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Re: Baselines: how specific?

From: Gez Lemon <gez.lemon@gmail.com>
Date: Tue, 14 Mar 2006 18:26:49 +0000
Message-ID: <e2a28a920603141026o747ca4f5l@mail.gmail.com>
To: w3c-wai-gl@w3.org

Hi Christophe,

A list of technologies is a simple binary representation that does
not do justice to the reality of incomplete implementations by
user agents.

That's very true, and quite ironic given that UAAG couldn't be used
because no user-agents adhere to it. It gets difficult, as we could
easily end up with a situation where HTML couldn't be included as a
technology because it's not properly supported.

Some websites that puts HTML 4.01 in their baseline will
assume that every feature is supported, while others will assume that
object, link, longdesc, etc are not adequately supported by the user
agents of a significant percentage of their visitors. This means that
some websites will use fall-back techniques such as 'embed', while others
will not.

This takes me to another aspect of my original question: if websites
use 'embed' or other non-standard features, shouldn't that be part of the
baseline also? Just specifying 'HTML 4.01' in the baseline would be

Some good points, but how would you specify a non-technology in the
baseline? Putting, "non-standard HTML" wouldn't be acceptable. Maybe a
better approach would be to assume that all features of a technology
are supported, and introduce a "Repair Techniques" or similar section,
where authors can document how they overcome known shortcomings in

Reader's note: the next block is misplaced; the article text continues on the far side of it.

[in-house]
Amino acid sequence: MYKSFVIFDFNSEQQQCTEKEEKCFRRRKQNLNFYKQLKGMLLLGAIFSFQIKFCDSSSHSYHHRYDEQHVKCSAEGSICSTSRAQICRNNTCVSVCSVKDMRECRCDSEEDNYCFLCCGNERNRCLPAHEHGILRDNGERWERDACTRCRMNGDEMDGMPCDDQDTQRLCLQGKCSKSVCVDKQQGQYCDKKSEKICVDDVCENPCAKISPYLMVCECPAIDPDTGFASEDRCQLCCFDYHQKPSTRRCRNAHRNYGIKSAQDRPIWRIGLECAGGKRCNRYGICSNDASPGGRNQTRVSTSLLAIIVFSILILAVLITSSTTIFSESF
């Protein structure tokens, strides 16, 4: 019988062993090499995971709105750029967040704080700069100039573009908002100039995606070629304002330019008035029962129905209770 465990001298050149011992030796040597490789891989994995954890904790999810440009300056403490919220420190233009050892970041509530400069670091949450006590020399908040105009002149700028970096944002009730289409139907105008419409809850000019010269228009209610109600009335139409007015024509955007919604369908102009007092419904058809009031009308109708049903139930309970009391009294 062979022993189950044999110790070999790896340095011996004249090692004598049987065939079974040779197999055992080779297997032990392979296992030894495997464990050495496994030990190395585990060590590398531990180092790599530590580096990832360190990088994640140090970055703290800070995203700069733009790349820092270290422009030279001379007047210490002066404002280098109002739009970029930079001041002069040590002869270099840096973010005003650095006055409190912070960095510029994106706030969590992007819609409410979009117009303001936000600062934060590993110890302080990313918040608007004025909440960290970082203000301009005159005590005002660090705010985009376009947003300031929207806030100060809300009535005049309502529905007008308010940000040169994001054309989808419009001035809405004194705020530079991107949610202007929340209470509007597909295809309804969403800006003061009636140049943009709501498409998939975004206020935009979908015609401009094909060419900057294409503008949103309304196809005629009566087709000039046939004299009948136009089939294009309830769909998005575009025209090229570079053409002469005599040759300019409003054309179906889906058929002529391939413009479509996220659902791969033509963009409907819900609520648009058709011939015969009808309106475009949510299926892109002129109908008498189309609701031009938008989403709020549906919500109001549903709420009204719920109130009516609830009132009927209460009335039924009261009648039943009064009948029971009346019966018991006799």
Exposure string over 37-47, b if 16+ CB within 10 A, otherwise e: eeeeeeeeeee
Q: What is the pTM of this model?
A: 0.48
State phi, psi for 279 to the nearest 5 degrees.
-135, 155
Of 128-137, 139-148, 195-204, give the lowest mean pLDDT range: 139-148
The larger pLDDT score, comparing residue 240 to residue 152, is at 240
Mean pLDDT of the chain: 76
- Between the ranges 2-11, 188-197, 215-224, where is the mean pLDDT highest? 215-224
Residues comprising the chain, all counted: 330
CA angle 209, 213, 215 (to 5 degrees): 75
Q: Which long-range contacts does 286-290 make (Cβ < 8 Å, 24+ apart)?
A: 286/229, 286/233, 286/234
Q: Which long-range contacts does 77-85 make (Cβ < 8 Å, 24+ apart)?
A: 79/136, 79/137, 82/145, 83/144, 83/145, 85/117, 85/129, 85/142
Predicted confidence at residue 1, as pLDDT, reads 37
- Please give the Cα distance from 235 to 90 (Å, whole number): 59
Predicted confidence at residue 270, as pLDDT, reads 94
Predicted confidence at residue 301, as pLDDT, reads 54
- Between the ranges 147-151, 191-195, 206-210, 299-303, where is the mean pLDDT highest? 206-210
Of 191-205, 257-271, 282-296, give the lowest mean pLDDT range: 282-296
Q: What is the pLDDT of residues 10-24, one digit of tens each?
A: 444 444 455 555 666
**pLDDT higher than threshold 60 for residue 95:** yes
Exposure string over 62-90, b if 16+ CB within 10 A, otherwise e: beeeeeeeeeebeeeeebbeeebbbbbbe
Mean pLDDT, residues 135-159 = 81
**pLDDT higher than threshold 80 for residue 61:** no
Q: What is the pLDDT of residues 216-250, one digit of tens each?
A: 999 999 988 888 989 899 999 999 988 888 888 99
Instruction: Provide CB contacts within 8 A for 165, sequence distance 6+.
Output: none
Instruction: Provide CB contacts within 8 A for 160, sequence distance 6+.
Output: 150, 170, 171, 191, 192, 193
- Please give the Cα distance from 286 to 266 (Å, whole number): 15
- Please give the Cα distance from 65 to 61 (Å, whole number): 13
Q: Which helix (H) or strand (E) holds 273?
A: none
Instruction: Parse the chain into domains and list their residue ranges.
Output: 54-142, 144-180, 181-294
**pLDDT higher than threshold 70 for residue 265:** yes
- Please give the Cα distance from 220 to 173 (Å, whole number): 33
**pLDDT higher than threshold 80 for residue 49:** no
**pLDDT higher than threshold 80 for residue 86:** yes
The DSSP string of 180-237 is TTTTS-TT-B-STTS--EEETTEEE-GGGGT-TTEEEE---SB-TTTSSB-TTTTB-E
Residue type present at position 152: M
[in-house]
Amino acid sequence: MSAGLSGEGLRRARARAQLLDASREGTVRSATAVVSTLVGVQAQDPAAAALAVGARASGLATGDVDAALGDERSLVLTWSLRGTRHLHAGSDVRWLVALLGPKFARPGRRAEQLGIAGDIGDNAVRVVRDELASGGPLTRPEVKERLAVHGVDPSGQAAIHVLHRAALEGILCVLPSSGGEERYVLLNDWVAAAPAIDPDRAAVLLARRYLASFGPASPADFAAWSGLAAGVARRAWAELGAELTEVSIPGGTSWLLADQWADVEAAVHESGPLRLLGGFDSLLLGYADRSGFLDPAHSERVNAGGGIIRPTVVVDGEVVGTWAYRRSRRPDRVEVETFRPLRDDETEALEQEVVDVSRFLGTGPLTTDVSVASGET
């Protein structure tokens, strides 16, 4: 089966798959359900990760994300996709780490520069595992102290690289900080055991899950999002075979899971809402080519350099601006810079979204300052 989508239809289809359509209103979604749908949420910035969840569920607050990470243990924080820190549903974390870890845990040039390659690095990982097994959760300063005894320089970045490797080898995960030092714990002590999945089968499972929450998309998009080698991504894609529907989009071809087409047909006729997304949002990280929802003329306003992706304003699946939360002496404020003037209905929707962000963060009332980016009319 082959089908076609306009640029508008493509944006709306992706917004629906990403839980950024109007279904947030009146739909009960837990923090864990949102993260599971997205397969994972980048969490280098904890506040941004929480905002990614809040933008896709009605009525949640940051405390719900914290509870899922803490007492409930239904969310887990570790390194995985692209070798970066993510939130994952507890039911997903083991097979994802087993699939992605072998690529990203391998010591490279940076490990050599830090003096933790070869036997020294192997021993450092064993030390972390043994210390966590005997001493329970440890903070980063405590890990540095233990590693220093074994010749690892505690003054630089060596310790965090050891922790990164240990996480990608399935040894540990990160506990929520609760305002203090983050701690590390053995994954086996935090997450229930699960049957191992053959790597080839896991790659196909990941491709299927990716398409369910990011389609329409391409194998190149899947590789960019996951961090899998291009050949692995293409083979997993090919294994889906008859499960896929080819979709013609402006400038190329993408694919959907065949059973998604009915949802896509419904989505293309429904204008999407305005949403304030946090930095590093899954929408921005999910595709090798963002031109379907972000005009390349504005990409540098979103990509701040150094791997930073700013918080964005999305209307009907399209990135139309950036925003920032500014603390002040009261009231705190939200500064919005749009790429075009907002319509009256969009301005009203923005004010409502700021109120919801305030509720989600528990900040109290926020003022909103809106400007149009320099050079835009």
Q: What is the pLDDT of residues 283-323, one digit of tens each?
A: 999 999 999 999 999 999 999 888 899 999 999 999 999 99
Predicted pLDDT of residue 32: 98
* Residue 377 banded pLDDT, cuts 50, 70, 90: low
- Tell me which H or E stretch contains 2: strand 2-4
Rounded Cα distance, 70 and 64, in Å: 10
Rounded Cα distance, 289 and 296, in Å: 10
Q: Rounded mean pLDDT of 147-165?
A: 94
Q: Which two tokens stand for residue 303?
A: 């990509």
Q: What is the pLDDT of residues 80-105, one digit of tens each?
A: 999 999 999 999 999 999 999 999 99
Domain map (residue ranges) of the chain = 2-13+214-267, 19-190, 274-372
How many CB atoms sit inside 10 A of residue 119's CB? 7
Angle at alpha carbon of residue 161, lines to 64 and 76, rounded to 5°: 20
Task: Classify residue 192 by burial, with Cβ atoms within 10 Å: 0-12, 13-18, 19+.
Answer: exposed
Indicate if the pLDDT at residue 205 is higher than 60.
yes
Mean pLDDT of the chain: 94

The third aspect of my question is whether a baseline should specify
which version or profile of a technology is assumed. For example, is it
sufficient to say "HTML 4.01" or is it necessary to say "HTML 4.01 Strict"?
(I'm in favour of the latter, more specific, approach.)

I'm also in favour of the latter, but can't help thinking that the
extra information isn't really useful to anyone in terms of a
conformance claim. If structure, presentation, and behaviour have been
separated (a requirement of the guidelines), is there any benefit in
knowing whether HTML as a technology is transitional or strict?

Some W3C technologies have been "modularized": is it necessary to
 specify which modules are assumed to be supported? I think it is.
  The question about modularizaton also throws a different light on the question
 of specifying whether specific features (e.g. object in HTML) can be
 mentioned: after all, modules are collections of such features.

Modules can also packaged, and I would personally prefer the
technologies in the baseline to be as succinct as possible. For
example, XHTML 1.0 is based on XHTML abstract modules [1], so I
wouldn't see the point of listing them all individually if they were
included as a collection (including other modular flavours of XML
markup languages). I can see the purpose of including individual
modules, such as XForm, but not the features of those modules.

Is it also necessary to specify which MIME types are assumed to be
supported? This is relevant when using XHTML 1.0.

Another excellent point. MIME types aren't included in the definition
of "technology", unless "data formats" covers this, but I would like
to see it included.

[1] http://www.w3.org/TR/2001/REC-xhtml-modularization-20010410/abstract_modules.html

Best regards,


Supplement your vitamins
Received on Tuesday, 14 March 2006 18:26:58 UTC

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